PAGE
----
Valentines and Chocolate

Valentine’s Day is a day for hugs and kisses, love and chocolate. We know you love your pet so give them all of that except the last one. CHOCOLATE is a no-no. Yes even that tiny little piece you think of giving them when they look at you with those lovey eyes. BEFORE YOU DO, READ THIS. Chocolate is derived from the roasted cacao nut and contains an alkaloid called theobromine.  Theobromine is in the same family as caffeine and is a type of stimulant (they both are mythylxanines).  Theobromine stimulates the central nervous system, cardiovascular system, and causes a slightly increased blood pressure. Dogs and certain other animals, such as horses and cats, cannot metabolize theobromine as quickly as humans can; this causes the effects to be much more severe than is the case with humans.   The side effects with toxic levels of theobromine in dogs includes: diarrhea, vomiting, increased urination, muscle twitching, excessive panting, hyperactive behavior, whining, dehydration, digestive problems, seizures, and rapid heart rate.  Some of these symptoms, like the rapid heart rate, can ultimately be fatal to the dog. So how much chocolate is too much for a dog?  That depends on the size and age of the dog, as well as what type of chocolate was consumed.  The larger the dog, the more theobromine they can handle without dying.  Older dogs tend to have more problems with the side effects. The approximate amounts of theobromine per ounce of chocolate are as follows: Cocoa powder: 800 mg/oz Baker’s chocolate (unsweetened): 450 mg/oz Dark chocolate: 150 mg/oz Milk chocolate: 50 mg/oz The general rules for the amount...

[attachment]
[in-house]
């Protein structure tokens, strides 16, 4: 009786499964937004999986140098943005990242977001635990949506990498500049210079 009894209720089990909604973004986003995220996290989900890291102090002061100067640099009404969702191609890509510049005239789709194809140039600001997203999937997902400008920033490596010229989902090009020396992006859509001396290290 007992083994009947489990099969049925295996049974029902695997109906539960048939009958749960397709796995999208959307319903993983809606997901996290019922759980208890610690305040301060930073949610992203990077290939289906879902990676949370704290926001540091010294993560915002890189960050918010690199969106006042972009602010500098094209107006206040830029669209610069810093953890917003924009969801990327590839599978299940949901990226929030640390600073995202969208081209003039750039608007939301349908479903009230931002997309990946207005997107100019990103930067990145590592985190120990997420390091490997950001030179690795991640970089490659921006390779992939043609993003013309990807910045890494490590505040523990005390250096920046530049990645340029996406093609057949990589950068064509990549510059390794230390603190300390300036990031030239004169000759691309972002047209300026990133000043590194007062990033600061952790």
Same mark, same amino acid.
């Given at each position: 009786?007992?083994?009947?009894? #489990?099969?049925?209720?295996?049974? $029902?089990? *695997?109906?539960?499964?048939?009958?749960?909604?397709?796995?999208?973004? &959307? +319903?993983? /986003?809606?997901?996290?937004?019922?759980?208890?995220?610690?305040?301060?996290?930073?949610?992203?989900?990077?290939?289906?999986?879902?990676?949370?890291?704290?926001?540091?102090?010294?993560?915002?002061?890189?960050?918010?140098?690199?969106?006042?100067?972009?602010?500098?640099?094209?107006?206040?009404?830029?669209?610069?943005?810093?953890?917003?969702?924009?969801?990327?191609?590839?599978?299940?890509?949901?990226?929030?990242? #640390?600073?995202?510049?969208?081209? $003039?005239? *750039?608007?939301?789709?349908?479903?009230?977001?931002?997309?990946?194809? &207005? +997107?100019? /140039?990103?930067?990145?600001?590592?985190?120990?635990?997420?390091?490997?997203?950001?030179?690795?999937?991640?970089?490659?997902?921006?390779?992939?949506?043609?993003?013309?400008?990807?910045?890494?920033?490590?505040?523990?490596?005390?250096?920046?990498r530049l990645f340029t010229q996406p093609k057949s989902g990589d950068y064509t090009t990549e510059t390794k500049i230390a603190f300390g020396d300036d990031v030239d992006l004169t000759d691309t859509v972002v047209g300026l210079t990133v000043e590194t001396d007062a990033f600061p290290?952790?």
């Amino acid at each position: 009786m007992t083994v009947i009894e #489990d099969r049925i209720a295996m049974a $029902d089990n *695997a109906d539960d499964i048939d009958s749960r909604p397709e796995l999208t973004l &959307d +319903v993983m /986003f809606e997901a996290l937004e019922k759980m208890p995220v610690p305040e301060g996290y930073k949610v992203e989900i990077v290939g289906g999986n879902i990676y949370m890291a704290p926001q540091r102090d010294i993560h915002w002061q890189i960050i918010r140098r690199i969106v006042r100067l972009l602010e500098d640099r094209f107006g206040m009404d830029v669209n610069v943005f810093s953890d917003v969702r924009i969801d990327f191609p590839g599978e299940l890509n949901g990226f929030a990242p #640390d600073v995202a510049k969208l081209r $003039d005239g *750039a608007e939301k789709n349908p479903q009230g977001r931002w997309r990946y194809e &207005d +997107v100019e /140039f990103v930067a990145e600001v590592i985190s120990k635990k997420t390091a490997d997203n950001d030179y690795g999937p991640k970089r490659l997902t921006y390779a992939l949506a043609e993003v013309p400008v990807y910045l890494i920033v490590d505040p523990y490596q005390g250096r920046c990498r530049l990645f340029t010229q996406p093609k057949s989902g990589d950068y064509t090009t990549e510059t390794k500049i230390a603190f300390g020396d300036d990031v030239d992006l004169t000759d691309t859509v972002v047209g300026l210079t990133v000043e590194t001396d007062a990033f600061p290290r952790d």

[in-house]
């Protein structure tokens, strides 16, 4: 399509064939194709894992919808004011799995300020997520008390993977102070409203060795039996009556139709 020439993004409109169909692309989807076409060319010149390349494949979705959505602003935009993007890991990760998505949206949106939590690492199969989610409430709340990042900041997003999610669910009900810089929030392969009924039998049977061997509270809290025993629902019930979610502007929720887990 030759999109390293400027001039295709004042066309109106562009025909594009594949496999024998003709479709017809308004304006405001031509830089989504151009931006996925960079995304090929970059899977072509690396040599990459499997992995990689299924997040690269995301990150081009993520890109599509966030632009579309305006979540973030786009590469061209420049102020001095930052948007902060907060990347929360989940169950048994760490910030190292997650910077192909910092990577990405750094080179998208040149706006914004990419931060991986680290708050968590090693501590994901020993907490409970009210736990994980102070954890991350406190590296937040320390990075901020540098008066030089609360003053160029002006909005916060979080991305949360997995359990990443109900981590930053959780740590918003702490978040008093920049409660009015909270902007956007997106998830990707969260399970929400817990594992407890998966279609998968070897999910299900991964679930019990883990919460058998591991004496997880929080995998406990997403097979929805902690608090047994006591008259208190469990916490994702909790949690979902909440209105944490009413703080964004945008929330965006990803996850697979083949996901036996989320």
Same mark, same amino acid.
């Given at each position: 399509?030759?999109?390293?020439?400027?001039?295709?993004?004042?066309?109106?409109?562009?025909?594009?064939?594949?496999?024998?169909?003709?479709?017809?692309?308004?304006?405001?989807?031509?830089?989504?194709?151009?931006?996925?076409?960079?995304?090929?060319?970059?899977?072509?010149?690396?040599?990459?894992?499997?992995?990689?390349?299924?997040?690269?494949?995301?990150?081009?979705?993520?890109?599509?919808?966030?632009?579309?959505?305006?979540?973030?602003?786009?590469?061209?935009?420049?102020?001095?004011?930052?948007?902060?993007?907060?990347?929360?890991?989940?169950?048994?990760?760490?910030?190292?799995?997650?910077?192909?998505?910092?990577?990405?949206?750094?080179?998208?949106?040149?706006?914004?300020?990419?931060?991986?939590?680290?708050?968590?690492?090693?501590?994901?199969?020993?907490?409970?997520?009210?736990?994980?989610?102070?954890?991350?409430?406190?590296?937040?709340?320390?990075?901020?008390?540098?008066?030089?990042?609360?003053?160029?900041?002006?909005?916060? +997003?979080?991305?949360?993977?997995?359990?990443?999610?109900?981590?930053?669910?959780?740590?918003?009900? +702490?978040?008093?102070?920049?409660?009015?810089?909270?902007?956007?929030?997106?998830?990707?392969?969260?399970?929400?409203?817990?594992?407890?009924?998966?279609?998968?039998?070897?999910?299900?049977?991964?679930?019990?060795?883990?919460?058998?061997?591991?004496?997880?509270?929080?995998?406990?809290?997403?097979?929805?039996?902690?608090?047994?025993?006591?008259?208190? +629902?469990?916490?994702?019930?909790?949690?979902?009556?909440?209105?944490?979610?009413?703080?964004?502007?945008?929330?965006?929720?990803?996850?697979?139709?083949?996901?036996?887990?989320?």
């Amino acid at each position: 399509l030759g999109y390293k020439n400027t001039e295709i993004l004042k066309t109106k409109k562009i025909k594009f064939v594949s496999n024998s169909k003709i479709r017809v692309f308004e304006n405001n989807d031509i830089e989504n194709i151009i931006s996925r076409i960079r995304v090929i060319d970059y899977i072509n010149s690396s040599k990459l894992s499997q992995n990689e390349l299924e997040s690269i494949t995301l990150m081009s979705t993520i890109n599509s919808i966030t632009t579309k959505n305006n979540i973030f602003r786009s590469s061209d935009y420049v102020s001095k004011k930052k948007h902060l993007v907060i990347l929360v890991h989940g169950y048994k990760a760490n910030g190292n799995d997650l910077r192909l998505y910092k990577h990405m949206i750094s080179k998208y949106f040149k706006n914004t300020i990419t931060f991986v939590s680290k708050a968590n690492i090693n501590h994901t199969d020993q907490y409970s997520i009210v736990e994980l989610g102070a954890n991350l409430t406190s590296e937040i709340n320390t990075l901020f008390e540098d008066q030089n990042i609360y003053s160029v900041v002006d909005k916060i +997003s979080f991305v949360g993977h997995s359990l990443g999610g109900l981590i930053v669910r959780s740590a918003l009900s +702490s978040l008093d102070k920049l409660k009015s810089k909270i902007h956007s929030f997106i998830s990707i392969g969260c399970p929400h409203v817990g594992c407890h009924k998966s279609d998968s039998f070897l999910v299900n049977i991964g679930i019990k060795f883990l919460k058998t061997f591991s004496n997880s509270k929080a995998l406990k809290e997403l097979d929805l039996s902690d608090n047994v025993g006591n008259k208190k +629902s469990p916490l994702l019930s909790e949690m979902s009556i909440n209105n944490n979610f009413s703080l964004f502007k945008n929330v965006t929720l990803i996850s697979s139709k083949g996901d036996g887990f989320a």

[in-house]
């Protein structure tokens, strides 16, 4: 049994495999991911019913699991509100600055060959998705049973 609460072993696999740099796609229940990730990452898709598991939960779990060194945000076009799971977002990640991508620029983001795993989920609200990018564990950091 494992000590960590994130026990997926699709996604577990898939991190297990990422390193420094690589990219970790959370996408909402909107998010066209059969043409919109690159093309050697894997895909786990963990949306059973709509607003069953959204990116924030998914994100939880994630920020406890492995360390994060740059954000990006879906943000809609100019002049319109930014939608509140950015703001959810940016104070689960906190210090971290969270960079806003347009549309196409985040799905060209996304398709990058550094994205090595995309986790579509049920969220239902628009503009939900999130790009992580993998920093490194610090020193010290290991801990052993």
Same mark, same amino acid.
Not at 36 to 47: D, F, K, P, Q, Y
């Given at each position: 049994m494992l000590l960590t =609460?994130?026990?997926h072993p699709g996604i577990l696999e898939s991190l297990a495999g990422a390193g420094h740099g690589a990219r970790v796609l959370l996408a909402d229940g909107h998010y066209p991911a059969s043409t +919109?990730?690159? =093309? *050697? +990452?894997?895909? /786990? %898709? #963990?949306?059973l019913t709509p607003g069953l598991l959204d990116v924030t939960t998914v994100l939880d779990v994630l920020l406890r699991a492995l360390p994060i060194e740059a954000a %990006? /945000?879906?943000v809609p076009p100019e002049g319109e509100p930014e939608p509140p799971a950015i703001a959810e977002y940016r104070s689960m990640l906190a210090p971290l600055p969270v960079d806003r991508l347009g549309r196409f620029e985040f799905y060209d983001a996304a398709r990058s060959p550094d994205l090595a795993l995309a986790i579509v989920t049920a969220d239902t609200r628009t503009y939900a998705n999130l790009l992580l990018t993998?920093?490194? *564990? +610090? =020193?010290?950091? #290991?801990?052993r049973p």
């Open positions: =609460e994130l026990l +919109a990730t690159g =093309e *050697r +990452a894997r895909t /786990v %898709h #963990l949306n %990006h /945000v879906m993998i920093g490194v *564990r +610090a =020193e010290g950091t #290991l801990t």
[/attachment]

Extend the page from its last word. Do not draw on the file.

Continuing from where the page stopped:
What is Homeopathy?

Alternative medicinal practices are on the rise for the treatment of our dogs and cats. Homeopathy is one such alternative. Homeopathy is a healing system that was originally developed over 200 years ago. This healing system stimulates your pet’s immune system by using a very diluted, small dose remedy. “Small doses of what?” you might be thinking. Glad you asked. Homeopathic remedies come from plants, animals and minerals. Interesting, no? There’s more. What is Homeopathy used to treat? In short, homeopathic medicine can be used to treat anything, chronic or acute, but many common uses are listed below. Skin irritations Gastric disorders Intestinal disorders Arthritis Asthma Allergies Pain relief without side effects Bites Stings Diarrhea So, how is Homeopathy different from conventional methods of medicine? As we mentioned above, Homeopathy cures ailments by strengthening the immune system. The body fights the disease. On the other hand, conventional methods of medicine only aim to suppress the symptoms of the disease or illness. The disease is never even fought so it still exists and is left to wreck further havoc on the body of your dog! This suppression of symptoms only serves to weaken the body’s immune system thereby making it susceptible to more diseases. Additionally, Homeopathic treatments are safe. There are no chemicals, no dyes. Giving your dog the treatment is easy too. The pellets can be diluted and dissolved in water, ground and dropped in your pet’s mouth or you can easily drop the pellets in your pet’s mouth! Alternately, you can find homeopathic remedies in liquid form. Homeopathy is a holistic approach to treating illness and it works...